I dread to think of the amount of pounds I have spent with Asos since I discovered it in 2007.
It has been a running joke in both offices I have worked in during the four years I have spent in the UK that if a delivery from Asos arrives, nine times out of 10 it’s for me.
So it was a no-brainer in terms of brands I wanted to pursue for a profile in Marketing Week, and, finally, more than a year after I fired off my first hopeful email, there I was in Asos’ HQ in Camden, north London, awaiting the arrival of chief executive Nick Robertson.
It was a struggle for me to refrain from gushing at how much I love this brand – how many times its enticing emails have had me making an order before I can even think about it, how the content and quality of the magazine rival that of any glossy, how its catwalk video feature allows me to scrutinise potential purchases before striking them off for being too see through or too short, and, of course, free delivery and returns to make this the most hassle free clothing website I have ever ordered from.
However I couldn’t hold back on revealing to Robertson that I had indeed selected an Asos-brand dress to wear to the interview that day in the ultimate brand homage. I had debated in my head as to whether this would turn out to be a completely unnecessary faux pas or if this would be an ideal place to start the interview.
Luckily, Robertson was pleased and so began what came to resemble a one on one focus group. “What do you like about the website?” he asked. “What don’t you like?”
I racked my brains for things I don’t like about Asos and it finally came to me – reviews. I would like to know what other girls who’ve ordered a particular product have had to say about it, in reference to their own size, shape and colouring, but Asos does not offer this feature.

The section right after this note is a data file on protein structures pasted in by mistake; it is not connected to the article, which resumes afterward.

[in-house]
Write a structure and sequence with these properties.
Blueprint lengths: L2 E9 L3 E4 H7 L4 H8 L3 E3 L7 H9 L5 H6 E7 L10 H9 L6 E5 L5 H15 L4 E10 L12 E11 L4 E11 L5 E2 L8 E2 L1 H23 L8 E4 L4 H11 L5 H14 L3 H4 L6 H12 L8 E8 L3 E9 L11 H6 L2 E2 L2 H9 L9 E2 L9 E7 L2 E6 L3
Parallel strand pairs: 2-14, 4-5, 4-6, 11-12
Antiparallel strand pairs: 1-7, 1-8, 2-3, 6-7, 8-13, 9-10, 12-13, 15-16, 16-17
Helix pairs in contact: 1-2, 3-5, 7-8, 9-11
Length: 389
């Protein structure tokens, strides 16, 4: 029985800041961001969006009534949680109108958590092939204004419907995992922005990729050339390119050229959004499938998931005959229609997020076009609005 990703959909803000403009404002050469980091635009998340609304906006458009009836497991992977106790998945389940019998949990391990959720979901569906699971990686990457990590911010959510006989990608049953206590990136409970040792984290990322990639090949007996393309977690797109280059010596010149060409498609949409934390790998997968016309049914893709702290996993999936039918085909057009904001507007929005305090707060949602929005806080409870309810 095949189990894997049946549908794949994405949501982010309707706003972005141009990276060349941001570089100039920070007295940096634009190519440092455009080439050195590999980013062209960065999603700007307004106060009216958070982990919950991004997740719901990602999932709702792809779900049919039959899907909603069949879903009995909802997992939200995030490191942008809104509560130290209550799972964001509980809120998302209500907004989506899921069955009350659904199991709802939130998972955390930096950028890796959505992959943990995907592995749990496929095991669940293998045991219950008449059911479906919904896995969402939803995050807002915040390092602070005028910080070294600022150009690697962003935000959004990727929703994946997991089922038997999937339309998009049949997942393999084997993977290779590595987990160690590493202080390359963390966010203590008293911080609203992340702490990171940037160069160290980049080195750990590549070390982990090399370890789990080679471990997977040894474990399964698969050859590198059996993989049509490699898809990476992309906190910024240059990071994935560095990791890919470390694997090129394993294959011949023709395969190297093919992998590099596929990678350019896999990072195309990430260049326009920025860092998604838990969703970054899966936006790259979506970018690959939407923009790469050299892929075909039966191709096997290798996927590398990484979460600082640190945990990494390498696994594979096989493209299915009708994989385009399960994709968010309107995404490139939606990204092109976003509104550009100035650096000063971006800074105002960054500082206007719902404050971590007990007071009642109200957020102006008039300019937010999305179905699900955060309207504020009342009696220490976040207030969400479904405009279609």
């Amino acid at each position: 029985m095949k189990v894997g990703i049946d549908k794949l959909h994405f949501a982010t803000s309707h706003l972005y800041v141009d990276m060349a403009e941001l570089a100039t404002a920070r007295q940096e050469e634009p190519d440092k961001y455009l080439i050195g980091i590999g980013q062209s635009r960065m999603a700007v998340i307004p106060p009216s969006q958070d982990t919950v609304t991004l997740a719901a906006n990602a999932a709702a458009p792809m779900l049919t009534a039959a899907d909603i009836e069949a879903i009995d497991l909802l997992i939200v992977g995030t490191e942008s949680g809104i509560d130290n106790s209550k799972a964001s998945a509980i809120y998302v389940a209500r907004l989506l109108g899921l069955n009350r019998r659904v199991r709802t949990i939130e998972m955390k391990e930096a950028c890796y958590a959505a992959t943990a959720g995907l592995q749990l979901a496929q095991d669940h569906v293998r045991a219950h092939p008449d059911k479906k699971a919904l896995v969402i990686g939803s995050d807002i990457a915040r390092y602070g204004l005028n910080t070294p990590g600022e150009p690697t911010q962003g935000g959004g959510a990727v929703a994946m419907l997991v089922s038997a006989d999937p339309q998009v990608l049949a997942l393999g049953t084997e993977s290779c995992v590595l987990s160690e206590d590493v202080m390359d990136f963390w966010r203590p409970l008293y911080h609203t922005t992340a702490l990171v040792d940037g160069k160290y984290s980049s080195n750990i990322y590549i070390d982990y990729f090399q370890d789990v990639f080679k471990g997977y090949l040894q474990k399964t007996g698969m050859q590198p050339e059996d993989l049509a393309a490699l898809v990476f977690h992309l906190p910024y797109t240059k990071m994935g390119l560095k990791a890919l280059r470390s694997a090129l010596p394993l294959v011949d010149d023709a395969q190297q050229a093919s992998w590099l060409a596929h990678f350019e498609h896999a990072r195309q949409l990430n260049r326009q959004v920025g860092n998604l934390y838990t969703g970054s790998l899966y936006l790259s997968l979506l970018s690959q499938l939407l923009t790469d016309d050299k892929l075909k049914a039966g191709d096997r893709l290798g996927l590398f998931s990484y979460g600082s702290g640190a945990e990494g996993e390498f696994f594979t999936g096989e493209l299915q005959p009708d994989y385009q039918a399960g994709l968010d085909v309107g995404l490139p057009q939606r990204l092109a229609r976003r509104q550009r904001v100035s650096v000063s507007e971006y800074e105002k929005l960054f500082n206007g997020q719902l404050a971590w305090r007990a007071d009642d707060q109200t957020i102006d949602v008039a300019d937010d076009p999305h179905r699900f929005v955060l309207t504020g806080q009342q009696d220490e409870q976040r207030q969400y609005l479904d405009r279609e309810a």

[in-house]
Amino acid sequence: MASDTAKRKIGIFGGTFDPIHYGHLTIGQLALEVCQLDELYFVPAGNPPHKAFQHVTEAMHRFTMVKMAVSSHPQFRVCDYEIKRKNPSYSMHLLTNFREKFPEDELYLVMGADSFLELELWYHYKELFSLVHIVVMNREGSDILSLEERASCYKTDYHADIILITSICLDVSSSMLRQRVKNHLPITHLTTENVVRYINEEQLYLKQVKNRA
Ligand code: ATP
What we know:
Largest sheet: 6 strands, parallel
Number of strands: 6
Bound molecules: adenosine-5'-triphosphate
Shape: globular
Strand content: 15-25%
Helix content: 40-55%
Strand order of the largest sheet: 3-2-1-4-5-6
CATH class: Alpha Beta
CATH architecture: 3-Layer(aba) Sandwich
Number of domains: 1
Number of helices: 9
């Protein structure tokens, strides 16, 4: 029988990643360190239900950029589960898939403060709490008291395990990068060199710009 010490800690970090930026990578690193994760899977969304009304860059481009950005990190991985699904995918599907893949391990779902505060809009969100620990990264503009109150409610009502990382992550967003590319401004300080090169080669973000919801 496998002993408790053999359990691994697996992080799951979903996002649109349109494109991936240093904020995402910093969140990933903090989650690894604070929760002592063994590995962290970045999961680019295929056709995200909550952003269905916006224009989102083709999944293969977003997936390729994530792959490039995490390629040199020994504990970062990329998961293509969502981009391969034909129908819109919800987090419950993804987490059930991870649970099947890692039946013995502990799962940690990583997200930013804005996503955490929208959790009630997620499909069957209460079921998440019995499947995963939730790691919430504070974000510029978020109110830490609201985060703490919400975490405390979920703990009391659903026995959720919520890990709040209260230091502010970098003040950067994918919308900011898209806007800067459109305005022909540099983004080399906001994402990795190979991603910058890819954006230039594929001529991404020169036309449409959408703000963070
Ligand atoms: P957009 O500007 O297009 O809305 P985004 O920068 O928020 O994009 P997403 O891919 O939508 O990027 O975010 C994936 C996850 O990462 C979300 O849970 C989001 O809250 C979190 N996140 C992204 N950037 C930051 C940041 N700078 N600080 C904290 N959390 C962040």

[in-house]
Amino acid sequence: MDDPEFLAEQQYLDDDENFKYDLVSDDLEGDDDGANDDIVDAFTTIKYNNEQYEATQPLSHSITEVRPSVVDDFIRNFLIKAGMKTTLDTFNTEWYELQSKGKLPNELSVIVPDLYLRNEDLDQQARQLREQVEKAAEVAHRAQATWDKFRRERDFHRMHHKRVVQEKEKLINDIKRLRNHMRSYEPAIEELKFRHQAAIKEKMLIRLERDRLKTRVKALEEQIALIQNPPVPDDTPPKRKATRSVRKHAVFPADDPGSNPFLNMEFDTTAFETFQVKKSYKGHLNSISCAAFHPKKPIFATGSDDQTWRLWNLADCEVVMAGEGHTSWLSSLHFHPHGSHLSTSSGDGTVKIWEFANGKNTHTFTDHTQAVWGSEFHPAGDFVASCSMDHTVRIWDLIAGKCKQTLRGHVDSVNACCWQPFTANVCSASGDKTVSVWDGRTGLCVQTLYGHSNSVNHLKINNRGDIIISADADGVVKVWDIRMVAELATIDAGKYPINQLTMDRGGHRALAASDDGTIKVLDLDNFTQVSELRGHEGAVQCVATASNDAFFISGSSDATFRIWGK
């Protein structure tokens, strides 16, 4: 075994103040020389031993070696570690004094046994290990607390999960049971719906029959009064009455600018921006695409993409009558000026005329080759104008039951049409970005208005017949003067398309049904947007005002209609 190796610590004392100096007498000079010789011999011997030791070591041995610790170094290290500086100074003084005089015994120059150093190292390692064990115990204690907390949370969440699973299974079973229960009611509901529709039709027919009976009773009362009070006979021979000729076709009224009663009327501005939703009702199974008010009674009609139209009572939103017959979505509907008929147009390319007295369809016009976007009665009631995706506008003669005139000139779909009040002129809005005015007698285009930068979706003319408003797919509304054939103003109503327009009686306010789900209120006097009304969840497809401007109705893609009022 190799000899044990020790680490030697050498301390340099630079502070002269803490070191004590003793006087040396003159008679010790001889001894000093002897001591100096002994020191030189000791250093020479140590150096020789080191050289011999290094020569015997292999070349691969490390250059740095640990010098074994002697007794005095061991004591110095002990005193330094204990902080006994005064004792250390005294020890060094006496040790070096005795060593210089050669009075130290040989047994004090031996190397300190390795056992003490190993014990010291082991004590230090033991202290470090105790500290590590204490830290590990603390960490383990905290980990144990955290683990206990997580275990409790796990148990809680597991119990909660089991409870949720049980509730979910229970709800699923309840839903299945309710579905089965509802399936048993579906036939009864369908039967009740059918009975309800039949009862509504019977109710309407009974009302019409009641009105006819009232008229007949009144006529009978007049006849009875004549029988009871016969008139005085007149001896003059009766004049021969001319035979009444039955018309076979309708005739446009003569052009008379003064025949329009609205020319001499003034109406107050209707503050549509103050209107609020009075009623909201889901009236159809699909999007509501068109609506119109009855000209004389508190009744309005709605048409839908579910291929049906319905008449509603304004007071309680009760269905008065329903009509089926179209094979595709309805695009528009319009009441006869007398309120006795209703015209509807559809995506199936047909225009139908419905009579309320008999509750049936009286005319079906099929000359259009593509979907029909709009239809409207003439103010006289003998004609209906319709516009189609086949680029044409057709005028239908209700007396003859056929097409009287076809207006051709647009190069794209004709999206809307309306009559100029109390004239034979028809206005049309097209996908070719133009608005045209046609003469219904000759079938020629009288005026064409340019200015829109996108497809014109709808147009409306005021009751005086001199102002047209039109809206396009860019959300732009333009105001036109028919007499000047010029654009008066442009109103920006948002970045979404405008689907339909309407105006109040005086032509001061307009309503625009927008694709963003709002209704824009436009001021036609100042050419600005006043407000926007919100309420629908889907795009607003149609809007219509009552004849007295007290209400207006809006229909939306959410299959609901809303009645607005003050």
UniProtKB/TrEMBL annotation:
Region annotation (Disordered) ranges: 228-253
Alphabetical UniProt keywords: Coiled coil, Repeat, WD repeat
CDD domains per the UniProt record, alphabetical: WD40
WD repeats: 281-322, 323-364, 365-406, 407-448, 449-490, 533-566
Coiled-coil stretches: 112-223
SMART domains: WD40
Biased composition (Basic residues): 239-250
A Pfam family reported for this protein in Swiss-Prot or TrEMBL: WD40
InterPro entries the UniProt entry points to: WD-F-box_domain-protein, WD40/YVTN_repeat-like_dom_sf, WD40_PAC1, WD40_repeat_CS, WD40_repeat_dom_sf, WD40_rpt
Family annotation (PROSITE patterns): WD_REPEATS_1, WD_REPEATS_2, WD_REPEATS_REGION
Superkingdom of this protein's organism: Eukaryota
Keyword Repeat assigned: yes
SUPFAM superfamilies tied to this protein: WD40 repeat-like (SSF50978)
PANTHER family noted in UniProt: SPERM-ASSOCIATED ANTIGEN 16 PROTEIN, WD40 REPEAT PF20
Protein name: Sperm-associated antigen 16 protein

Robertson considered my feedback before explaining that reviews have been on the Asos to do list but have fallen in priority in favour of technology developments – sounds reasonable to me. But he wouldn’t be drawn on specifics when I started dreaming out loud about futuristic 3D technology where I could one day upload a picture of myself to a clothing retail website and so I could virtually try things on and see what they look like on me and not an amazing looking model.
He nodded along as I outlined this vision, and while he wouldn’t say for sure, I think making the online experience as barrier-free as possible is the ultimate achievement for all online retailers. This kind of technology isn’t just my shopping dream, it’s what brands like Asos have got engineers working on as we speak.
Another one of my online shopping dreams is being able to have a webchat with someone from customer services so you could ask the all important questions before purchasing – what is that material or colour actually like? Will it be suitable to wear to a wedding?
Some banking and insurance websites already offer this function, so I think it’s only a matter of time before fashion websites also adopt it.
Asos has always been with first with such innovations, so who knows – maybe my interview with Nick Robertson gave him some food for thought?